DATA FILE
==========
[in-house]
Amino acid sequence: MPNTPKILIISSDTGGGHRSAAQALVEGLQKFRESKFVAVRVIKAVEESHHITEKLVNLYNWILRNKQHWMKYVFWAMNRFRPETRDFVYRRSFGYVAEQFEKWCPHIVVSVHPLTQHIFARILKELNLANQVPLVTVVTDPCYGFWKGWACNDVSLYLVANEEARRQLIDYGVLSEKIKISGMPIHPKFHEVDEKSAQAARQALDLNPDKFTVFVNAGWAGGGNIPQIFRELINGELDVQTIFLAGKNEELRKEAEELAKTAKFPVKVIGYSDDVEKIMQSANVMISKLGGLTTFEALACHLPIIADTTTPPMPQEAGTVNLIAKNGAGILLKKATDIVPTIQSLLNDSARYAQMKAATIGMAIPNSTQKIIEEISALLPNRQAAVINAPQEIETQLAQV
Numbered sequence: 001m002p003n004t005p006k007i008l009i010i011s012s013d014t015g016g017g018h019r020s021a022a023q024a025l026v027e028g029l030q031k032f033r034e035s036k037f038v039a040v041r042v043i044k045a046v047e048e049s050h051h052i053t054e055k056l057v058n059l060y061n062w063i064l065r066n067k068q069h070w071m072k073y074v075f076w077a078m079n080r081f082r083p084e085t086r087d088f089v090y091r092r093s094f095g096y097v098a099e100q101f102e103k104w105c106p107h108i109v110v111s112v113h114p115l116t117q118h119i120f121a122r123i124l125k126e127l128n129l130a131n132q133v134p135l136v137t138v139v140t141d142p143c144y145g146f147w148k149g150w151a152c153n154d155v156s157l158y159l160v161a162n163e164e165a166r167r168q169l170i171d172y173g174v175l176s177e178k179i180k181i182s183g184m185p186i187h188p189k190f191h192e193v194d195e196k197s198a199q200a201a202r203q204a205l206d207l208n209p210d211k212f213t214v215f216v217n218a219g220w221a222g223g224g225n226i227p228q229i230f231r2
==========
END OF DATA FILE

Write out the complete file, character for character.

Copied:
[in-house]
Amino acid sequence: MPNTPKILIISSDTGGGHRSAAQALVEGLQKFRESKFVAVRVIKAVEESHHITEKLVNLYNWILRNKQHWMKYVFWAMNRFRPETRDFVYRRSFGYVAEQFEKWCPHIVVSVHPLTQHIFARILKELNLANQVPLVTVVTDPCYGFWKGWACNDVSLYLVANEEARRQLIDYGVLSEKIKISGMPIHPKFHEVDEKSAQAARQALDLNPDKFTVFVNAGWAGGGNIPQIFRELINGELDVQTIFLAGKNEELRKEAEELAKTAKFPVKVIGYSDDVEKIMQSANVMISKLGGLTTFEALACHLPIIADTTTPPMPQEAGTVNLIAKNGAGILLKKATDIVPTIQSLLNDSARYAQMKAATIGMAIPNSTQKIIEEISALLPNRQAAVINAPQEIETQLAQV
Numbered sequence: 001m002p003n004t005p006k007i008l009i010i011s012s013d014t015g016g017g018h019r020s021a022a023q024a025l026v027e028g029l030q031k032f033r034e035s036k037f038v039a040v041r042v043i044k045a046v047e048e049s050h051h052i053t054e055k056l057v058n059l060y061n062w063i064l065r066n067k068q069h070w071m072k073y074v075f076w077a078m079n080r081f082r083p084e085t086r087d088f089v090y091r092r093s094f095g096y097v098a099e100q101f102e103k104w105c106p107h108i109v110v111s112v113h114p115l116t117q118h119i120f121a122r123i124l125k126e127l128n129l130a131n132q133v134p135l136v137t138v139v140t141d142p143c144y145g146f147w148k149g150w151a152c153n154d155v156s157l158y159l160v161a162n163e164e165a166r167r168q169l170i171d172y173g174v175l176s177e178k179i180k181i182s183g184m185p186i187h188p189k190f191h192e193v194d195e196k197s198a199q200a201a202r203q204a205l206d207l208n209p210d211k212f213t214v215f216v217n218a219g220w221a222g223g224g225n226i227p228q229i230f231r2